Editorial: Road toll deterrence ineffective
The Canberra TimesWednesday 2 January 2002
|The Canberra Times – Wednesday 2 January 2002
Road toll deterrence ineffective
THIS Christmas-New Year we have seen heart-breaking images of people outside their destroyed homes; valuable farmland and precious bushland burnt out. More than 150 houses have gone up in smoke.
This holiday 46 people (and probably more by the end of today) have died on Australia's roads. Perhaps 10 times that suffered injury. It is a much worse toll than the bushfires, yet it has had scant attention - ironically because it has been eclipsed by the bushfires. Forty-six grieving families have lost a loved one - not a house that can be rebuilt.
There are now signs that the significant falls in the road toll achieved in the late 1980s and early 1990s are not continuing. Although 2001 with 1749 dead was better than 2000 with 1817, the large reductions of a decade ago are not apparent. Victoria had a horror year on the state's roads last year - 451 deaths. It was the worst result since 1991 when there were 503.
The ACT had 18 last year compared with 16 this year - statistically not significant. In NSW, the toll will be at least 537 (some of these figures will get revised up or down if people die as a result of injuries or are found to have died of heart attacks which resulted in a crash). The NSW toll is better than last year's 603, but still well above the pious hope expressed by the Government six years ago of having fewer than 500 dead.
It is clear a new approach is needed, especially at holiday time. Last year after NSW's high holiday toll, the NSW Government ordered action. A task force was set up which duly reported. But all we got was the same old double-demerit-point plan in NSW with a special emphasis on seatbelts, and the ACT lamely following suit. The result is a failure. Twenty people died on NSW roads. True, none died in the ACT, but given the NSW result it cannot be put down to the double-demerit scheme.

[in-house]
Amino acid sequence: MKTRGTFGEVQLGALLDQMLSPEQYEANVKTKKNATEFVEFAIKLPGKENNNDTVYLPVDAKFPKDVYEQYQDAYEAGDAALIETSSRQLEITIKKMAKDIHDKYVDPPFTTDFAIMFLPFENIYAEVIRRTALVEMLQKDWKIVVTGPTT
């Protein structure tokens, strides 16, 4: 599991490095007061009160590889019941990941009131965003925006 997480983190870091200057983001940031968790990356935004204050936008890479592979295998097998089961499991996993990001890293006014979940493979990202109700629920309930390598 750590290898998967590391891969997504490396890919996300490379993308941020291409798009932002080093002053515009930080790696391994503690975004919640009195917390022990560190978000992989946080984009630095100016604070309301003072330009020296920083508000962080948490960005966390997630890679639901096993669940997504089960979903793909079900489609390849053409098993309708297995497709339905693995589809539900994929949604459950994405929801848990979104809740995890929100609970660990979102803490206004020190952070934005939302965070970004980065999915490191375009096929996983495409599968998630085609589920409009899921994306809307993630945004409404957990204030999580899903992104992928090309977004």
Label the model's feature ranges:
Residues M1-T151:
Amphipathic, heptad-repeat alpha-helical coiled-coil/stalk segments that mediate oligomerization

The scheme has run its course. It is full of anomalies. A driver can lose six demerit points for neglecting to fasten his seatbelt after backing out of a driveway (affecting no-one else's safety), yet another driver can take unbuckled children in an unregistered trailer and not lose any points.
Indeed, the whole demerit system needs review. A driver doing 61km/h in a 60km/h zone loses three points, so does a driver doing 74km/h - but the safety difference is immense given the force of impact goes up exponentially with speed. Moreover, the same penalty applies whether conditions are good, or dark and raining.
There is a fair degree of anecdotal evidence to suggest that the inflexibility of the system and its contradictions and injustices are getting otherwise pro-law-and-order motorists off-side. It is failing to target drivers who deliberately offend and who can be seen daily accelerating violently, squealing wheels, taking corners too fast, driving too close to the car in front and generally behaving unsafely, yet it regularly pings the mild inadvertence of a driver doing 83km/h in an 80km/h four-lane, divided-road zone.
Demerit points are worthwhile, particularly in getting repeat offenders off the road and warning drivers of the prospect of a lost licence, but a review of their application is needed. The scales need to slide more evenly and drivers should lose fewer points for first offences and more for later ones of the same category. They should focus on offences that affect safety.
And then money should be put into more police visibility and better roads.